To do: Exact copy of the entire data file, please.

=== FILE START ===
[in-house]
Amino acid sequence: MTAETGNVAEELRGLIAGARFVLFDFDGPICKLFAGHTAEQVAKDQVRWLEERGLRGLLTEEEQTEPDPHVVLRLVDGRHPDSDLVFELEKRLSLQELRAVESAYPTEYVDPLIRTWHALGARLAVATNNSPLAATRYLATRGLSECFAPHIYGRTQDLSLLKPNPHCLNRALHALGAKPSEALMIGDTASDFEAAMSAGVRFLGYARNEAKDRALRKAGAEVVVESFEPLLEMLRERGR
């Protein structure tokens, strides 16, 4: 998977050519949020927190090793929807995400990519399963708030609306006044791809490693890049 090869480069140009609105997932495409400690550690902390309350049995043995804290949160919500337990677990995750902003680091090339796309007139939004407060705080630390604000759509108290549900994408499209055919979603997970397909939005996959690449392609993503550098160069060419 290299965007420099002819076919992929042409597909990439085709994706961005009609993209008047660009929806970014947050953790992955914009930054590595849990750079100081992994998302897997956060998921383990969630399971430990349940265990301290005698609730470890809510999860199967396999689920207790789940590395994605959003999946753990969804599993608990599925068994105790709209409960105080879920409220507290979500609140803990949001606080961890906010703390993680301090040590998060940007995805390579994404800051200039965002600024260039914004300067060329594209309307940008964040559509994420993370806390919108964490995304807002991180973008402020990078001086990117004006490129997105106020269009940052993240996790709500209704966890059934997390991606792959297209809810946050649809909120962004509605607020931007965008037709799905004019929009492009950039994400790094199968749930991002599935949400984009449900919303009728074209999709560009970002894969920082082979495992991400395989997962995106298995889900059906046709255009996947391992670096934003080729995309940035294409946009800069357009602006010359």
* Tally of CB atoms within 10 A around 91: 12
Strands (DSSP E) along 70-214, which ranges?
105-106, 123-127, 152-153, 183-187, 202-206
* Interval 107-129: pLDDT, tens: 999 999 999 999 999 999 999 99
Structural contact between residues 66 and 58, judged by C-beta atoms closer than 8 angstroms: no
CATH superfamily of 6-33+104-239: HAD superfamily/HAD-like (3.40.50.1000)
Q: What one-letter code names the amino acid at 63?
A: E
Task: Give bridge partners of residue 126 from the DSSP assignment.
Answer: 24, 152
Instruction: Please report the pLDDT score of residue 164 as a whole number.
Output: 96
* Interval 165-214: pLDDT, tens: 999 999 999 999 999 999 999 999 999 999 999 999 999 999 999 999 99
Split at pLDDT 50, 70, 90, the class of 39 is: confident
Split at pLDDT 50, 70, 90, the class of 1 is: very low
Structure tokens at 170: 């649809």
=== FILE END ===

[in-house]
Amino acid sequence: MTAETGNVAEELRGLIAGARFVLFDFDGPICKLFAGHTAEQVAKDQVRWLEERGLRGLLTEEEQTEPDPHVVLRLVDGRHPDSDLVFELEKRLSLQELRAVESAYPTEYVDPLIRTWHALGARLAVATNNSPLAATRYLATRGLSECFAPHIYGRTQDLSLLKPNPHCLNRALHALGAKPSEALMIGDTASDFEAAMSAGVRFLGYARNEAKDRALRKAGAEVVVESFEPLLEMLRERGR
């Protein structure tokens, strides 16, 4: 998977050519949020927190090793929807995400990519399963708030609306006044791809490693890049 090869480069140009609105997932495409400690550690902390309350049995043995804290949160919500337990677990995750902003680091090339796309007139939004407060705080630390604000759509108290549900994408499209055919979603997970397909939005996959690449392609993503550098160069060419 290299965007420099002819076919992929042409597909990439085709994706961005009609993209008047660009929806970014947050953790992955914009930054590595849990750079100081992994998302897997956060998921383990969630399971430990349940265990301290005698609730470890809510999860199967396999689920207790789940590395994605959003999946753990969804599993608990599925068994105790709209409960105080879920409220507290979500609140803990949001606080961890906010703390993680301090040590998060940007995805390579994404800051200039965002600024260039914004300067060329594209309307940008964040559509994420993370806390919108964490995304807002991180973008402020990078001086990117004006490129997105106020269009940052993240996790709500209704966890059934997390991606792959297209809810946050649809909120962004509605607020931007965008037709799905004019929009492009950039994400790094199968749930991002599935949400984009449900919303009728074209999709560009970002894969920082082979495992991400395989997962995106298995889900059906046709255009996947391992670096934003080729995309940035294409946009800069357009602006010359």
* Tally of CB atoms within 10 A around 91: 12
Strands (DSSP E) along 70-214, which ranges?
105-106, 123-127, 152-153, 183-187, 202-206
* Interval 107-129: pLDDT, tens: 999 999 999 999 999 999 999 99
Structural contact between residues 66 and 58, judged by C-beta atoms closer than 8 angstroms: no
CATH superfamily of 6-33+104-239: HAD superfamily/HAD-like (3.40.50.1000)
Q: What one-letter code names the amino acid at 63?
A: E
Task: Give bridge partners of residue 126 from the DSSP assignment.
Answer: 24, 152
Instruction: Please report the pLDDT score of residue 164 as a whole number.
Output: 96
* Interval 165-214: pLDDT, tens: 999 999 999 999 999 999 999 999 999 999 999 999 999 999 999 999 99
Split at pLDDT 50, 70, 90, the class of 39 is: confident
Split at pLDDT 50, 70, 90, the class of 1 is: very low
Structure tokens at 170: 């649809």